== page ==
RxPG News Feed for RxPG News

Medical Research Health Special Topics World
  Home
 
   Health
 Aging
 Asian Health
 Events
 Fitness
 Food & Nutrition
 Happiness
 Men's Health
 Mental Health
 Occupational Health
 Parenting
 Public Health
 Sleep Hygiene
 Women's Health
 
   Healthcare
 Africa
 Australia
 Canada Healthcare
 China Healthcare
 India Healthcare
 New Zealand
 South Africa
 UK
 USA
 World Healthcare
 
 Latest Research
 Aging
 Alternative Medicine
 Anaethesia
 Biochemistry
 Biotechnology
 Cancer
 Cardiology
 Clinical Trials
 Cytology
 Dental
 Dermatology
 Embryology
 Endocrinology
 ENT
 Environment
 Epidemiology
 Gastroenterology
 Genetics
 Gynaecology
 Haematology
 Immunology
 Infectious Diseases
 Medicine
 Metabolism
 Microbiology
 Musculoskeletal
 Nephrology
 Neurosciences
 Obstetrics
 Ophthalmology
 Orthopedics
 Paediatrics
 Pathology
 Pharmacology
 Physiology
 Physiotherapy
 Psychiatry
 Radiology
 Rheumatology
 Sports Medicine
 Surgery
 Toxicology
 Urology
 
   Medical News
 Awards & Prizes
 Epidemics
 Launch
 Opinion
 Professionals
 
   Special Topics
 Ethics
 Euthanasia
 Evolution
 Feature
 Odd Medical News
 Climate

Last Updated: Oct 11, 2012 - 10:22:56 PM
Research Article
Latest Research Channel

subscribe to Latest Research newsletter
Latest Research

   EMAIL   |   PRINT
New study suggests cause of debilitating skin condition

Sep 24, 2007 - 4:00:00 AM
“Our research is a pilot study, but we believe the results warrant further research into the use of TG-2 inhibitors in the treatment and prevention of NSF,” said Gil Yosipovitch, M.D., co-senior researcher, and a dermatologist. “Solving this puzzle might allow dialysis patients to take full advantage of the diagnostic capabilities of MRI.”

 
[RxPG] WINSTON-SALEM, N.C. – New findings from researchers at Wake Forest University Baptist Medical Center and colleagues suggest why some people with kidney failure can develop a rare tightening and swelling of the skin and other organs, including the lungs and heart.

Reporting in the October issue of the American Journal of Dermatopathology, the authors suggest a possible explanation for why some patients on kidney dialysis who are injected with a “contrast agent” during a magnetic resonance imaging (MRI) develop nephrogenic systemic fibrosis (NSF).

The U.S. Food and Drug Administration now requires a warning about the potential risk on the products’ labels. NSF leads to thickened, rough or hard skin usually on the arms, legs or trunk. In some cases, the limbs can become difficult or even impossible to move.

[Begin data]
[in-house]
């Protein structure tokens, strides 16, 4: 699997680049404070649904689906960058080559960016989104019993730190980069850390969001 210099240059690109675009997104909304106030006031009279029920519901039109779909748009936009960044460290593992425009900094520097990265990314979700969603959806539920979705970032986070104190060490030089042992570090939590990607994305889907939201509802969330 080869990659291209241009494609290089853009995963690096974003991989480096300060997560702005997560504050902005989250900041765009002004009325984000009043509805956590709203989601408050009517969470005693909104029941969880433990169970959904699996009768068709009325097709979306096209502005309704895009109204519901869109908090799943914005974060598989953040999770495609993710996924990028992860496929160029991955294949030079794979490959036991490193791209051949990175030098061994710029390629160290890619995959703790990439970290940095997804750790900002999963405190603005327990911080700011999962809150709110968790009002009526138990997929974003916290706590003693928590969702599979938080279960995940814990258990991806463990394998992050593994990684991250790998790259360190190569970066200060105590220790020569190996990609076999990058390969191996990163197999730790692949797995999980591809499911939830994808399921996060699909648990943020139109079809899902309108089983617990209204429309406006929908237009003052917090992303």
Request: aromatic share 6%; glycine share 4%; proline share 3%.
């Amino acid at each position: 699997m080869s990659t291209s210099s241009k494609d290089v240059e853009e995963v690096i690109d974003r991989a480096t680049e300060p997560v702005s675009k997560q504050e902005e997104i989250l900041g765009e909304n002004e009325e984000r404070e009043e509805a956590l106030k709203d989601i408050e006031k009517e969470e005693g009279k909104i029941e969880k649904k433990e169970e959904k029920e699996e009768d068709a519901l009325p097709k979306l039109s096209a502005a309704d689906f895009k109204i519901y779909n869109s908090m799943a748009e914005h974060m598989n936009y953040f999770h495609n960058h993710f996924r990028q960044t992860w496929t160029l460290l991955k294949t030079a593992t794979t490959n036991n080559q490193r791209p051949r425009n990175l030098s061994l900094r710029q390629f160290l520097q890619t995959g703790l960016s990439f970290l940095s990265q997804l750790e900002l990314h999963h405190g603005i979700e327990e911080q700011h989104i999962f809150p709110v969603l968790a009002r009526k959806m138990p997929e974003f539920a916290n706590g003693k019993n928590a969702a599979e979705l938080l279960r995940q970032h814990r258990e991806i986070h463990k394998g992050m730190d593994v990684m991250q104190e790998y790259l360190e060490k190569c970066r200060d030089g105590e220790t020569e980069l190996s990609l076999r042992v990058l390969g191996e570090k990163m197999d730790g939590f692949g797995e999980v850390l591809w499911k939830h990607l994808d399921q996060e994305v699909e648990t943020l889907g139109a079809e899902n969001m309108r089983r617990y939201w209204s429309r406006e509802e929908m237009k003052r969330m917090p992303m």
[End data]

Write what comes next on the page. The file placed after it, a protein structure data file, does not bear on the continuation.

“The cause of this syndrome has been unclear,” said David C. Sane, M.D., senior researcher on the project. “Our research suggests both a potential cause and the possibility of preventing or treating NSF.”

Sane said the finding – that an enzyme known as transglutaminase-2 (TG2) may be involved – is the first to suggest how exposure to contrast agents may lead to NSF.

It has not been known what causes NSF, but a risk factor is exposure to gadolinium, an agent injected into patient’s veins during some MRI procedures to help improve the visibility of internal organs during the test. The condition is relatively rare – it occurs in about 2 percent to 4 percent of kidney patients on dialysis who are exposed to gadolinium.

The researchers tested the hypothesis that TG2 may be involved in the response. The enzyme is found throughout the body and is involved in blood clotting and wound healing. They hypothesized that gadolinium may activate the enzyme and cause NSF.

The group obtained skin biopsies from five people with NSF and three healthy people. All NSF patients had renal failure and had previously had imaging procedures using gadolinium. The researchers tested for the presence of TG2 in the skin samples.

“Compared to the healthy subjects, there was a marked increase in TG2 in the subjects with NSF,” said Sane. “This suggests that activation of TG2 can produce the syndrome. TG2 is expressed in virtually all tissues and may explain why the fibrosis can occur in the heart and lungs, as well as the skin.”

Sane said the results also suggest a strategy for preventing or treating NSF – drugs such as cysteamine that inhibit the activation of TG-2.

“Our research is a pilot study, but we believe the results warrant further research into the use of TG-2 inhibitors in the treatment and prevention of NSF,” said Gil Yosipovitch, M.D., co-senior researcher, and a dermatologist. “Solving this puzzle might allow dialysis patients to take full advantage of the diagnostic capabilities of MRI.”

“This could be a general mechanism for a broad range of disorders that involve fibrosis, or tissue thickening,” said Sane.




Advertise in this space for $10 per month. Contact us today.


Related Latest Research News
Drug activates virus against cancer
Bone loss associated with increased production of ROS
Sound preconditioning prevents ototoxic drug-induced hearing loss in mice
Crystal methamphetamine use by street youth increases risk of injecting drugs
Johns Hopkins-led study shows increased life expectancy among family caregivers
Moderate to severe psoriasis linked to chronic kidney disease, say experts
Licensing deal marks coming of age for University of Washington, University of Alabama-Birmingham
Simple blood or urine test to identify blinding disease
Physician job satisfaction driven by quality of patient care
Book explores undiscovered economics of everyday life

Subscribe to Latest Research Newsletter

Enter your email address:


 Feedback
For any corrections of factual information, to contact the editors or to send any medical news or health news press releases, use feedback form

Top of Page

 
Contact us

RxPG Online

Nerve

 

    Full Text RSS

© All rights reserved by RxPG Medical Solutions Private Limited (India)